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Alba is the Scottish Gaelic name ( ) for Scotlandmarker. It is cognate to Alba in Irish and Nalbin in Manx, the other Goidelic Insular Celtic language, as well as similar words in the Brythonic Insular Celtic languages of Cornish (Alban) and Welsh (Yr Alban) also meaning Scotland.

Etymology

The term first appears in classical texts as Ἂλβιον or Αλουίων (in Ptolemy's writings), later as Albion in Latin documents. Historically, the term refers to Britain as a whole and is ultimately based on the Indo-European root for "white". Roughly by the ninth or tenth centuries, it came to be used in the form of Alba (dative Albainn, genitive Albann, now obsolete) by Gaelic speakers a the name given to the kingdoms of the Picts north of the Firth of Forthmarker and the Firth of Clydemarker, traditionally regarded to have been conquered by Kenneth MacAlpin. The region Breadalbane (Bràghad Albainn, the upper part of "Alba") takes its name from it as well.

As time passed that kingdom incorporated others to the southern territories. It became re-Latinized in the High Medieval period as "Albania" (it is unclear whether it may ultimately share the same etymon as the modern Albaniamarker). This latter word was employed mainly by Celto-Latin writers, and most famously by Geoffrey of Monmouth. It was this word which passed into Middle English as Albany, although very rarely was this used for the Kingdom of Scotland, but rather for the notional Duchy of Albany. From the latter the capital of the U.S.marker state of New Yorkmarker, Albanymarker, takes its name.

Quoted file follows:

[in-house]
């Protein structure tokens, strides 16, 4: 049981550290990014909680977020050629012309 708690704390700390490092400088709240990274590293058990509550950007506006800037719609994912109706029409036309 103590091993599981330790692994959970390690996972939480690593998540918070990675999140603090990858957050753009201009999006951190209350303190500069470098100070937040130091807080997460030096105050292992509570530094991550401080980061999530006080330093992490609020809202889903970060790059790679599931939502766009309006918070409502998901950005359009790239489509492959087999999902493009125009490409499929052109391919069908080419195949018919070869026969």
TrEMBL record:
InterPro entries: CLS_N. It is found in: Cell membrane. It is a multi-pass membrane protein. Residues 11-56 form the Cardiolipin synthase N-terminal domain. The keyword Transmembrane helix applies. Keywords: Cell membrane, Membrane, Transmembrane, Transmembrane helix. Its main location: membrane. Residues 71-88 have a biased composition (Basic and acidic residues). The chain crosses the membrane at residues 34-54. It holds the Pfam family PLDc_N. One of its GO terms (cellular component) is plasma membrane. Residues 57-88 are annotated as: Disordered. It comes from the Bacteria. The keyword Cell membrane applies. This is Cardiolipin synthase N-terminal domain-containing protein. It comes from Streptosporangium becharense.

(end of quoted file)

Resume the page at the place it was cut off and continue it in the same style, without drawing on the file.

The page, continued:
Modern uses



Michel Roger Lafosse who claims the Scottish throne, has styled himself as "HRH Prince Michael James Alexander Stewart, 7th Count of Albany" since 1978.

Runrig recorded a song called Alba on their album, The Cutter And The Clan.

In the mid-1990s, the Celtic League started a campaign to have the word "Alba" on the Scottish football and rugby tops. Since 2005, the SFA have supported the use of Scots Gaelic by adding Alba on the back of the official team strip. However, the SRU is still being lobbied to have "Alba" on the national rugby strip.

A satellite television channel aimed at the Scottish Gaelic community, BBC Alba, was launched in September 2008 and is a joint venture between MG Alba and the BBC.

A new welcome sign on the historic A7 route into Scotland was erected in 2009, with the text Fàilte gu Alba.

References

  1. MacBain, A An Etymological Dictionary of the Gaelic Language Gairm 1896, reprinted 1982 ISBN 901771 68 6
  2. Scottish Rugby Union: "Put 'Alba' on Scottish Ruby Shirt" | Facebook


See also




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